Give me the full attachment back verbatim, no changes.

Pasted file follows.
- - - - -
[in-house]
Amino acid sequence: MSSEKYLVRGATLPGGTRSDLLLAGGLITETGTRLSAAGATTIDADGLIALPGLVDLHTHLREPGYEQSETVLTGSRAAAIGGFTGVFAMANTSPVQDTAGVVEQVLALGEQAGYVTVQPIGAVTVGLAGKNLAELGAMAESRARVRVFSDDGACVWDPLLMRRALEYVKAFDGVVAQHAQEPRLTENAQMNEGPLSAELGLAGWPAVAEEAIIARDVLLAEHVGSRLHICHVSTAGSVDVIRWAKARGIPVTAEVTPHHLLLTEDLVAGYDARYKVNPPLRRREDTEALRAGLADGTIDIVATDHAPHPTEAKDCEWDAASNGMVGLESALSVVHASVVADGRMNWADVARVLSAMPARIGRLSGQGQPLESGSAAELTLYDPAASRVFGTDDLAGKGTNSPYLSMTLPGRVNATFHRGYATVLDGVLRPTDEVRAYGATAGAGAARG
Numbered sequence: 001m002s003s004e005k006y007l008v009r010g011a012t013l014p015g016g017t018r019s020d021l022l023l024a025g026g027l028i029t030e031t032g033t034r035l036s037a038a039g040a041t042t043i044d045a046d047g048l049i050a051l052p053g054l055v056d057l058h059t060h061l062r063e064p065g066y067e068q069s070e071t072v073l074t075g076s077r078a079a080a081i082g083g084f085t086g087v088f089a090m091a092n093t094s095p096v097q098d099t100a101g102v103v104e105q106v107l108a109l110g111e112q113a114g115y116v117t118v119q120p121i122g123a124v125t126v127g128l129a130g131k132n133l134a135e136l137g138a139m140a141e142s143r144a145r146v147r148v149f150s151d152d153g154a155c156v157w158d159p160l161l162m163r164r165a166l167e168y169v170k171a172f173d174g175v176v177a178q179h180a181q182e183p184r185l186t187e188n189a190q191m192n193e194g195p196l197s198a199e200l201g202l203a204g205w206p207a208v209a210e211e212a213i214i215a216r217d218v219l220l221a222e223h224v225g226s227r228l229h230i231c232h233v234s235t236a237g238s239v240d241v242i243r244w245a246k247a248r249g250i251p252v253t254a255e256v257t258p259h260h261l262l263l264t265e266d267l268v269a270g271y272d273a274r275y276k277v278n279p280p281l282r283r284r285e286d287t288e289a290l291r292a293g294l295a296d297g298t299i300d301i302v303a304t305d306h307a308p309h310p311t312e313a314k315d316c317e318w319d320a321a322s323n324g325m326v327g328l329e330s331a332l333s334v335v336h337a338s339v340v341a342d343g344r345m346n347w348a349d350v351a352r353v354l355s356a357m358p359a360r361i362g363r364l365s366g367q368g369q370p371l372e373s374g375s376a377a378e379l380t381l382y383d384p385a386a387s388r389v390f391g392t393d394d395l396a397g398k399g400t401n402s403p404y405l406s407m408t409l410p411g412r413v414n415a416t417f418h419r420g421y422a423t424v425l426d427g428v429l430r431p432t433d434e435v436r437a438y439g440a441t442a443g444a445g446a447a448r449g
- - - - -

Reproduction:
[in-house]
Amino acid sequence: MSSEKYLVRGATLPGGTRSDLLLAGGLITETGTRLSAAGATTIDADGLIALPGLVDLHTHLREPGYEQSETVLTGSRAAAIGGFTGVFAMANTSPVQDTAGVVEQVLALGEQAGYVTVQPIGAVTVGLAGKNLAELGAMAESRARVRVFSDDGACVWDPLLMRRALEYVKAFDGVVAQHAQEPRLTENAQMNEGPLSAELGLAGWPAVAEEAIIARDVLLAEHVGSRLHICHVSTAGSVDVIRWAKARGIPVTAEVTPHHLLLTEDLVAGYDARYKVNPPLRRREDTEALRAGLADGTIDIVATDHAPHPTEAKDCEWDAASNGMVGLESALSVVHASVVADGRMNWADVARVLSAMPARIGRLSGQGQPLESGSAAELTLYDPAASRVFGTDDLAGKGTNSPYLSMTLPGRVNATFHRGYATVLDGVLRPTDEVRAYGATAGAGAARG
Numbered sequence: 001m002s003s004e005k006y007l008v009r010g011a012t013l014p015g016g017t018r019s020d021l022l023l024a025g026g027l028i029t030e031t032g033t034r035l036s037a038a039g040a041t042t043i044d045a046d047g048l049i050a051l052p053g054l055v056d057l058h059t060h061l062r063e064p065g066y067e068q069s070e071t072v073l074t075g076s077r078a079a080a081i082g083g084f085t086g087v088f089a090m091a092n093t094s095p096v097q098d099t100a101g102v103v104e105q106v107l108a109l110g111e112q113a114g115y116v117t118v119q120p121i122g123a124v125t126v127g128l129a130g131k132n133l134a135e136l137g138a139m140a141e142s143r144a145r146v147r148v149f150s151d152d153g154a155c156v157w158d159p160l161l162m163r164r165a166l167e168y169v170k171a172f173d174g175v176v177a178q179h180a181q182e183p184r185l186t187e188n189a190q191m192n193e194g195p196l197s198a199e200l201g202l203a204g205w206p207a208v209a210e211e212a213i214i215a216r217d218v219l220l221a222e223h224v225g226s227r228l229h230i231c232h233v234s235t236a237g238s239v240d241v242i243r244w245a246k247a248r249g250i251p252v253t254a255e256v257t258p259h260h261l262l263l264t265e266d267l268v269a270g271y272d273a274r275y276k277v278n279p280p281l282r283r284r285e286d287t288e289a290l291r292a293g294l295a296d297g298t299i300d301i302v303a304t305d306h307a308p309h310p311t312e313a314k315d316c317e318w319d320a321a322s323n324g325m326v327g328l329e330s331a332l333s334v335v336h337a338s339v340v341a342d343g344r345m346n347w348a349d350v351a352r353v354l355s356a357m358p359a360r361i362g363r364l365s366g367q368g369q370p371l372e373s374g375s376a377a378e379l380t381l382y383d384p385a386a387s388r389v390f391g392t393d394d395l396a397g398k399g400t401n402s403p404y405l406s407m408t409l410p411g412r413v414n415a416t417f418h419r420g421y422a423t424v425l426d427g428v429l430r431p432t433d434e435v436r437a438y439g440a441t442a443g444a445g446a447a448r449g